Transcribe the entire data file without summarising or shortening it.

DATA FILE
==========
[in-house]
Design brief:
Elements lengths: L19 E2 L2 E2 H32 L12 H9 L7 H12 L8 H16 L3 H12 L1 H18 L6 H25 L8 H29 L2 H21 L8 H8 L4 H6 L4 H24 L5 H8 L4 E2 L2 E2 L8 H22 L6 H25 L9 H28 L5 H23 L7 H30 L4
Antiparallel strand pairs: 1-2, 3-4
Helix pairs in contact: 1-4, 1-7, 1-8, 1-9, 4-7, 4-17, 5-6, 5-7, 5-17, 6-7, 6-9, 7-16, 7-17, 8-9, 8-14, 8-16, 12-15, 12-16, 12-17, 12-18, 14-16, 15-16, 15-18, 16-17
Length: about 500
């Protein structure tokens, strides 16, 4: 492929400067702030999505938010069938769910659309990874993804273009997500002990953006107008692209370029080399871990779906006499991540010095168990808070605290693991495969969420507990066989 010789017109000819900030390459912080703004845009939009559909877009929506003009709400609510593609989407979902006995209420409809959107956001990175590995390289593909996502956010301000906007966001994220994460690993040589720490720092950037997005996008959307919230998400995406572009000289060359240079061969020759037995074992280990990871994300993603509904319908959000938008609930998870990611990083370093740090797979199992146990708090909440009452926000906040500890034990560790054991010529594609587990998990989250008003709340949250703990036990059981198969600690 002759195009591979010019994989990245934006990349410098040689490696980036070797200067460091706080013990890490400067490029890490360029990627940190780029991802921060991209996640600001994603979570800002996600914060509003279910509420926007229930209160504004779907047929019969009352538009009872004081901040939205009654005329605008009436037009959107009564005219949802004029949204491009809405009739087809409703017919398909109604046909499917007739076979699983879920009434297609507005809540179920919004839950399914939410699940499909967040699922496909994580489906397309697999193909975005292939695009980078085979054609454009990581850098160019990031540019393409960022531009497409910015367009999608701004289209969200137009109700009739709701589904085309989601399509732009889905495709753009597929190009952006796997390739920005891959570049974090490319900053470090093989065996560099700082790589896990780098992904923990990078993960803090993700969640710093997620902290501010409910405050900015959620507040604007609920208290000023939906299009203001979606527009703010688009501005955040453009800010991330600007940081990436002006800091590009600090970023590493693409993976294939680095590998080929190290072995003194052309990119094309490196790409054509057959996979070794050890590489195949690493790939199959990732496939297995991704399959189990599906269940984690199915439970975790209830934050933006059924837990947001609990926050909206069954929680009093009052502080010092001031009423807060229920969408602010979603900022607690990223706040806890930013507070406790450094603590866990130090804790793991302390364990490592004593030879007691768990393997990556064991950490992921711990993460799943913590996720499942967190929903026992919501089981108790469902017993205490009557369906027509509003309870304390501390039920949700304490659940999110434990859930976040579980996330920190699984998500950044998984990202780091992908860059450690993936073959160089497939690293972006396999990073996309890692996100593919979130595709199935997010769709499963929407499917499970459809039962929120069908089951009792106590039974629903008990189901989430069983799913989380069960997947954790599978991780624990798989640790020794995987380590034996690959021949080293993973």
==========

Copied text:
[in-house]
Design brief:
Elements lengths: L19 E2 L2 E2 H32 L12 H9 L7 H12 L8 H16 L3 H12 L1 H18 L6 H25 L8 H29 L2 H21 L8 H8 L4 H6 L4 H24 L5 H8 L4 E2 L2 E2 L8 H22 L6 H25 L9 H28 L5 H23 L7 H30 L4
Antiparallel strand pairs: 1-2, 3-4
Helix pairs in contact: 1-4, 1-7, 1-8, 1-9, 4-7, 4-17, 5-6, 5-7, 5-17, 6-7, 6-9, 7-16, 7-17, 8-9, 8-14, 8-16, 12-15, 12-16, 12-17, 12-18, 14-16, 15-16, 15-18, 16-17
Length: about 500
């Protein structure tokens, strides 16, 4: 492929400067702030999505938010069938769910659309990874993804273009997500002990953006107008692209370029080399871990779906006499991540010095168990808070605290693991495969969420507990066989 010789017109000819900030390459912080703004845009939009559909877009929506003009709400609510593609989407979902006995209420409809959107956001990175590995390289593909996502956010301000906007966001994220994460690993040589720490720092950037997005996008959307919230998400995406572009000289060359240079061969020759037995074992280990990871994300993603509904319908959000938008609930998870990611990083370093740090797979199992146990708090909440009452926000906040500890034990560790054991010529594609587990998990989250008003709340949250703990036990059981198969600690 002759195009591979010019994989990245934006990349410098040689490696980036070797200067460091706080013990890490400067490029890490360029990627940190780029991802921060991209996640600001994603979570800002996600914060509003279910509420926007229930209160504004779907047929019969009352538009009872004081901040939205009654005329605008009436037009959107009564005219949802004029949204491009809405009739087809409703017919398909109604046909499917007739076979699983879920009434297609507005809540179920919004839950399914939410699940499909967040699922496909994580489906397309697999193909975005292939695009980078085979054609454009990581850098160019990031540019393409960022531009497409910015367009999608701004289209969200137009109700009739709701589904085309989601399509732009889905495709753009597929190009952006796997390739920005891959570049974090490319900053470090093989065996560099700082790589896990780098992904923990990078993960803090993700969640710093997620902290501010409910405050900015959620507040604007609920208290000023939906299009203001979606527009703010688009501005955040453009800010991330600007940081990436002006800091590009600090970023590493693409993976294939680095590998080929190290072995003194052309990119094309490196790409054509057959996979070794050890590489195949690493790939199959990732496939297995991704399959189990599906269940984690199915439970975790209830934050933006059924837990947001609990926050909206069954929680009093009052502080010092001031009423807060229920969408602010979603900022607690990223706040806890930013507070406790450094603590866990130090804790793991302390364990490592004593030879007691768990393997990556064991950490992921711990993460799943913590996720499942967190929903026992919501089981108790469902017993205490009557369906027509509003309870304390501390039920949700304490659940999110434990859930976040579980996330920190699984998500950044998984990202780091992908860059450690993936073959160089497939690293972006396999990073996309890692996100593919979130595709199935997010769709499963929407499917499970459809039962929120069908089951009792106590039974629903008990189901989430069983799913989380069960997947954790599978991780624990798989640790020794995987380590034996690959021949080293993973």